From simply selecting for desirable attributes in organisms, through Gregor Mendel's pea experiments, to modern day genetic recombinant techniques, man has sought to understand, harness and improve organisms that he deemed significant. Today however, genetic modification is shrouded by stereotypes and shunned by many which may impede its technological advancement. Application of recombinant DNA technology in modern plant breeding has resulted in the development of plants with improved agronomic properties. Food crops have been modified through the introduction of new agronomic traits or suppression of constituent genes which code for disease or pest resistance, herbicide tolerance, or inhibition of ripening. When characteristics from one plant are transferred to another species, the specific genes are referred to as transgenes. In the United States and Canada, approximately 40 genetically modified (GM) food crops have been introduced on the market, while in Europe; nine GM crops have obtained regulatory approval.
Market introduction of GM food crops in Europe has given rise to broad public concern based on two facts.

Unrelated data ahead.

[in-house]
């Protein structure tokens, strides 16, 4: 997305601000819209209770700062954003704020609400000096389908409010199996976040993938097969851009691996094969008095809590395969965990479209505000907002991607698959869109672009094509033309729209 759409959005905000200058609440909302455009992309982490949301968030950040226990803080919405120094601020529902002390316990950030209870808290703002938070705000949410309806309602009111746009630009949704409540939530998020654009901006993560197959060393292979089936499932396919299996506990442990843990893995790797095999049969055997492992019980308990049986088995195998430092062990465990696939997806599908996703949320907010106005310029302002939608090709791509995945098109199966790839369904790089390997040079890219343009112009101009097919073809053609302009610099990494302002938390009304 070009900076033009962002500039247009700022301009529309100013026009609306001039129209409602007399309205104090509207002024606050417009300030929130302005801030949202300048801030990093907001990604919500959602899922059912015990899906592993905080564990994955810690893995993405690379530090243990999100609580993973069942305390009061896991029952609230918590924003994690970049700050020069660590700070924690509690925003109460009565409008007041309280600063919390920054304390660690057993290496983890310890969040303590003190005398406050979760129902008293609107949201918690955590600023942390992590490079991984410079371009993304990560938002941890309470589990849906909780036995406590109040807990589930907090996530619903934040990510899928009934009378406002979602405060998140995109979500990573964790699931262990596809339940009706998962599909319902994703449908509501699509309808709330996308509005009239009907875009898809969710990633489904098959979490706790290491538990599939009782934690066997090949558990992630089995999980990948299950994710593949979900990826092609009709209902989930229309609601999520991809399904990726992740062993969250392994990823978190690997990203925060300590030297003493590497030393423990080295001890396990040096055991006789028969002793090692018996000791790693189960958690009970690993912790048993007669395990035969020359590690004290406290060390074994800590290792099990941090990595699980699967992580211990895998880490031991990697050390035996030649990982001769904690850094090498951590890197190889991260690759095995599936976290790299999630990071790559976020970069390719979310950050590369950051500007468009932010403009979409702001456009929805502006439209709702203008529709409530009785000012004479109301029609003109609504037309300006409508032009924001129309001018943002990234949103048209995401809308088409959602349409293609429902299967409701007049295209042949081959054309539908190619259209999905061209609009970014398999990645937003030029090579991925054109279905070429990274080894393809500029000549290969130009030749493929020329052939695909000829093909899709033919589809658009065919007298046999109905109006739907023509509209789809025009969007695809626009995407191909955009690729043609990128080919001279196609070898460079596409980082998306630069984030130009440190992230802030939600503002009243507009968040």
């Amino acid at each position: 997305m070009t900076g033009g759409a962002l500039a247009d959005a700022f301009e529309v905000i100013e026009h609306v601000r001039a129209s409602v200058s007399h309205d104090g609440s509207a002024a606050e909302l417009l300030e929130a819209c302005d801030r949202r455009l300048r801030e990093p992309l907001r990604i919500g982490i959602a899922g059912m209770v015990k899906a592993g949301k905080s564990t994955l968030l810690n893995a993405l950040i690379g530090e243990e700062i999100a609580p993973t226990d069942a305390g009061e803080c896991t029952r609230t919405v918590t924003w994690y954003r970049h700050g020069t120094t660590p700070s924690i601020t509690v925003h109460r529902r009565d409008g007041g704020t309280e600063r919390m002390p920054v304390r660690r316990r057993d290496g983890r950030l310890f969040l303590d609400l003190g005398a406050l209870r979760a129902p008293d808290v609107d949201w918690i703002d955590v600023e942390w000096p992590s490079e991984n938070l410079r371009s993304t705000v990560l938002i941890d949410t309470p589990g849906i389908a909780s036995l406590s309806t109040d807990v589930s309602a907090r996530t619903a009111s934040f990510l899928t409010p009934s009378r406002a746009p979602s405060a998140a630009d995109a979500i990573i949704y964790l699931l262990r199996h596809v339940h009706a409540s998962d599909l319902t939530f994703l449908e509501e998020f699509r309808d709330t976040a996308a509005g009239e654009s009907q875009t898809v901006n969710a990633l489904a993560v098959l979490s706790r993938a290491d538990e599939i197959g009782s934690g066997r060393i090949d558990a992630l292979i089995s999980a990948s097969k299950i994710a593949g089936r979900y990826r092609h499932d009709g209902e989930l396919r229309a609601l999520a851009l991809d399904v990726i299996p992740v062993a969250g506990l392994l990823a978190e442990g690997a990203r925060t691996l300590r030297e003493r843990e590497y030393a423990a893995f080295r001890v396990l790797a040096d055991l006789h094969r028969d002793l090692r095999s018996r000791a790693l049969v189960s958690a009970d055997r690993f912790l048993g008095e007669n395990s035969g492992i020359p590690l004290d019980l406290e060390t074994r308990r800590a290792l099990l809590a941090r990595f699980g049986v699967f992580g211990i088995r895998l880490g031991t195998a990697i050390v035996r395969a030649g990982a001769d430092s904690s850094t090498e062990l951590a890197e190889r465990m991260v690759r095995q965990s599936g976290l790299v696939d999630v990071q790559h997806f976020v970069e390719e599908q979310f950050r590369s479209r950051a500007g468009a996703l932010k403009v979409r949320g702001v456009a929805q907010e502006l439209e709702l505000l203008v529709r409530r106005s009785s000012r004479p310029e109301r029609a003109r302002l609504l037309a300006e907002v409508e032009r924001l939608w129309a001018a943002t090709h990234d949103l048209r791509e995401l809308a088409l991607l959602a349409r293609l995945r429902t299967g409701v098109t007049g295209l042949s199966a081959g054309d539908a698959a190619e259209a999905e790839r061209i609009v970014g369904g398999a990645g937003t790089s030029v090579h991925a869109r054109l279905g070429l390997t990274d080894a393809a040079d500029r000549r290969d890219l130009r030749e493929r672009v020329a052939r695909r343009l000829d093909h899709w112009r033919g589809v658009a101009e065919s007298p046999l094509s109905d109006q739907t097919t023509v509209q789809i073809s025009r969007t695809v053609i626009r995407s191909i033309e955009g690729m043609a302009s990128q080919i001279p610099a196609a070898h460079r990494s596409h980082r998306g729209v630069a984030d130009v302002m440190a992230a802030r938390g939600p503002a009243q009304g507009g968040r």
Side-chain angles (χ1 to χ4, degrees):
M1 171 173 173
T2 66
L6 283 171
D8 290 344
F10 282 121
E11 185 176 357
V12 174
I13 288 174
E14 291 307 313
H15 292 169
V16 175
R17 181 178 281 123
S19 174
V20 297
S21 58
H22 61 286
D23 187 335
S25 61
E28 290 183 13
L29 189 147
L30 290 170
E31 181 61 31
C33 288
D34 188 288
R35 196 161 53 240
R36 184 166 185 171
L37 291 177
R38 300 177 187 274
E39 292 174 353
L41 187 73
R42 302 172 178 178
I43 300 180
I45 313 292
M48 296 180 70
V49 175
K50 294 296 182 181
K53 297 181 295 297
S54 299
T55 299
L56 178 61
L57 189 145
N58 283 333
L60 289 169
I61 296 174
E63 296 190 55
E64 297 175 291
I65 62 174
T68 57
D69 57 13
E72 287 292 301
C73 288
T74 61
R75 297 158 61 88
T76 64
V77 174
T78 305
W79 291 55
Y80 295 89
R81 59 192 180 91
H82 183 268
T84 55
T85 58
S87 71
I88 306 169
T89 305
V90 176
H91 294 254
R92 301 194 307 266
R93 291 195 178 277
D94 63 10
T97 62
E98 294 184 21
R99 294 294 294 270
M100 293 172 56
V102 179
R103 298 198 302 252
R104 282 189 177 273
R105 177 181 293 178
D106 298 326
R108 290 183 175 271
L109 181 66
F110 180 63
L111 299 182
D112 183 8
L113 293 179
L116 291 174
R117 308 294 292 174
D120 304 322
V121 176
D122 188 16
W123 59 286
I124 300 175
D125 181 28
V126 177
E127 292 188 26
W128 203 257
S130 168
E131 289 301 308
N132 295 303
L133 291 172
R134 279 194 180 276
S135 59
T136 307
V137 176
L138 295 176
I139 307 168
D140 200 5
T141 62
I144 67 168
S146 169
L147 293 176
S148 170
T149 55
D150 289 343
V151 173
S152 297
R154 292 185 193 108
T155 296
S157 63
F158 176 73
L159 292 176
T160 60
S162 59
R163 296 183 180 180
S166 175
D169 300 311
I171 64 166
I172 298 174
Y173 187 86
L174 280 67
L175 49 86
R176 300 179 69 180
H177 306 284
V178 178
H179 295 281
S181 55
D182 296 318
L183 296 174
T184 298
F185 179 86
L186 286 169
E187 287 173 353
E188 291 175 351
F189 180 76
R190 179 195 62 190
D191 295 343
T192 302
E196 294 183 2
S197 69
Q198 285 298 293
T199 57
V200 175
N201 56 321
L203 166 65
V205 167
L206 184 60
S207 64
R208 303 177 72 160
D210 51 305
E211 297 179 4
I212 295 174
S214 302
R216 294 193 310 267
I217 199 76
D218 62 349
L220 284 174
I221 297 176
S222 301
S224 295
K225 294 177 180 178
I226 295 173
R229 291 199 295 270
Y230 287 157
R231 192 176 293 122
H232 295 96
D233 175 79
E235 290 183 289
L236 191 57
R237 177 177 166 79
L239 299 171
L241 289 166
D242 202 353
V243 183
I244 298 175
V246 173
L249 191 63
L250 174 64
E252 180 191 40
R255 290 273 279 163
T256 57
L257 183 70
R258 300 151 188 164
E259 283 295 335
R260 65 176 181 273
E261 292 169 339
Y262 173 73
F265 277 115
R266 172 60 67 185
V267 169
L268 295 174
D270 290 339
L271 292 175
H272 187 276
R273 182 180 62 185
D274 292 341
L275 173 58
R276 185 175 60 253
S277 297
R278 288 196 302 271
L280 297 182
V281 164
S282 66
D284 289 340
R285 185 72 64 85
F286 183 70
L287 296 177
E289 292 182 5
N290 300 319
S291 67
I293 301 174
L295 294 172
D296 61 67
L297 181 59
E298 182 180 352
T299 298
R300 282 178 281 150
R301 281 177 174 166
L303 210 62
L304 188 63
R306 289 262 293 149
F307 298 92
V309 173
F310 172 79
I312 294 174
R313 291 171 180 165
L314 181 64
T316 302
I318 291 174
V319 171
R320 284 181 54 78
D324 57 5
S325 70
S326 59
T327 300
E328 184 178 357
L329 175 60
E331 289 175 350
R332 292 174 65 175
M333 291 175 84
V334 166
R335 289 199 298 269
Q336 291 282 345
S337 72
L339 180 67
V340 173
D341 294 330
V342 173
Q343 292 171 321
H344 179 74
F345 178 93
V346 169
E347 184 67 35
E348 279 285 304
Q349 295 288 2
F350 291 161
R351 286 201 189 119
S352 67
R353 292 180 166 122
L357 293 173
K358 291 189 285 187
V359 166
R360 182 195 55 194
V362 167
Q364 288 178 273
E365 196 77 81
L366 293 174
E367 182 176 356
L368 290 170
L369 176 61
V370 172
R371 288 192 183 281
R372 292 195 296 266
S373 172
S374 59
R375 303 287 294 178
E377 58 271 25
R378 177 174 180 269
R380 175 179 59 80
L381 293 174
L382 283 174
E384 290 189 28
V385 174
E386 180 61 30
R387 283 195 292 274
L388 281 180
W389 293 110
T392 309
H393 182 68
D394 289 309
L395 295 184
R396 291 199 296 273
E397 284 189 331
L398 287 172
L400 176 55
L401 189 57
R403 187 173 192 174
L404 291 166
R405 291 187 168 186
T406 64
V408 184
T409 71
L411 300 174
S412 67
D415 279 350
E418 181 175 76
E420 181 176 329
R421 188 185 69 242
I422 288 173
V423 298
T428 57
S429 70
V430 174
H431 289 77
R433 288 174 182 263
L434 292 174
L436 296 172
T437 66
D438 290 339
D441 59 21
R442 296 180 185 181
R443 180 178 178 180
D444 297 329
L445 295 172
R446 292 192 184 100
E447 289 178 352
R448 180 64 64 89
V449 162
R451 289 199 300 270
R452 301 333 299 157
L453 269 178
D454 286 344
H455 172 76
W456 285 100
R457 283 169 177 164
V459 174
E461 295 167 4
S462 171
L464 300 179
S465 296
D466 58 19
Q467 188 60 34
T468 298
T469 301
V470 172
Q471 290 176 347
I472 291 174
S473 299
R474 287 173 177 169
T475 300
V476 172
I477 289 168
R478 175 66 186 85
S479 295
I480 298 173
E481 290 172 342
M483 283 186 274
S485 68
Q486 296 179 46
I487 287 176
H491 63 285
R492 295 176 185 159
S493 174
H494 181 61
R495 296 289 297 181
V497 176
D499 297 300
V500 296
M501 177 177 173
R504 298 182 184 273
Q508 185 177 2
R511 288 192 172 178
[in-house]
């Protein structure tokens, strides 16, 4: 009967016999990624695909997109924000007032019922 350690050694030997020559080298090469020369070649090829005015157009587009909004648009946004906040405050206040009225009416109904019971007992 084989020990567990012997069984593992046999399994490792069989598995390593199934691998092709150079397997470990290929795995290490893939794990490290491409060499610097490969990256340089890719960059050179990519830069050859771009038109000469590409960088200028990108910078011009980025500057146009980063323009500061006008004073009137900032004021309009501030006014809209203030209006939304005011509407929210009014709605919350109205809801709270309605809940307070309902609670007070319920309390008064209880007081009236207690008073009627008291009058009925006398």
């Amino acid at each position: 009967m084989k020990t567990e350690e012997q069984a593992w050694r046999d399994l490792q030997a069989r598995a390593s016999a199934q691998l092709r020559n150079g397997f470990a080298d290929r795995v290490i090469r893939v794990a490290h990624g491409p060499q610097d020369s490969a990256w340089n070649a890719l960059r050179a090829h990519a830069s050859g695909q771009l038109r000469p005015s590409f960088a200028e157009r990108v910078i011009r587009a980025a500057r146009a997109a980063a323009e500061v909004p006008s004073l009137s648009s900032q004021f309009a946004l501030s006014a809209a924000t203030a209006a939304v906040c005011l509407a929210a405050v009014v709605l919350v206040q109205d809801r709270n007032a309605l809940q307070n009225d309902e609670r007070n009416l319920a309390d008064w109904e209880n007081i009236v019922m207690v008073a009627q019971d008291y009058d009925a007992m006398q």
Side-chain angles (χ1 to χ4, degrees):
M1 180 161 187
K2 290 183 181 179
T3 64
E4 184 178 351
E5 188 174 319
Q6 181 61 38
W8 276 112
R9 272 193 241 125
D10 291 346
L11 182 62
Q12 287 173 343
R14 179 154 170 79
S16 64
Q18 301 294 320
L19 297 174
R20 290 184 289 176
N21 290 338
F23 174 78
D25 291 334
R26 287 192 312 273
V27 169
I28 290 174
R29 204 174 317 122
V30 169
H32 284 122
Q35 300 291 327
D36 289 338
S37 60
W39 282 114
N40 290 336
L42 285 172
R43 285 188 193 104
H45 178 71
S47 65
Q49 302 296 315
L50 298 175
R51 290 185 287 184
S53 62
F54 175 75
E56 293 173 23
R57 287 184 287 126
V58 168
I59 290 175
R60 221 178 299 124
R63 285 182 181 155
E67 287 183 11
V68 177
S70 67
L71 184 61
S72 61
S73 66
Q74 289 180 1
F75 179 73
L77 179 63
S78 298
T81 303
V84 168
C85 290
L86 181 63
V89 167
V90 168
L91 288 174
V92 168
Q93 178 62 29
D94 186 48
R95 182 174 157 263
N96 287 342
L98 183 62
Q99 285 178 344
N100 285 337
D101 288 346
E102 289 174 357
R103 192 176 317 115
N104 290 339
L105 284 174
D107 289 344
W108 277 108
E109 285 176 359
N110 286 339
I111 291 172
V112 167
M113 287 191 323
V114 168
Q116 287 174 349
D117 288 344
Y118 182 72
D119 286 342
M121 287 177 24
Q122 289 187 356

Firstly, there is a lack of familiarity with the new molecular techniques which are applied. Secondly, the fact that the genetic material of these plants (which are used for human consumption), has been altered in a manner which would not be found to occur naturally by way of reproduction or natural recombination. Some consumers also have ethical concerns about genetic modification. Hazards of large-scale cultivation of GM plants and of chronic exposure of humans and animals to GM food, are issues of intense debate. It has thus become necessary to address the key issues in the use of genetically modified organisms (GMOs) with regards to concerns raised about their affects on consumers, environmental impact, economics and the ethics involved (Fig. 1).
Figure 1. GMOs: The centre of Debate.
Human Health Risks?...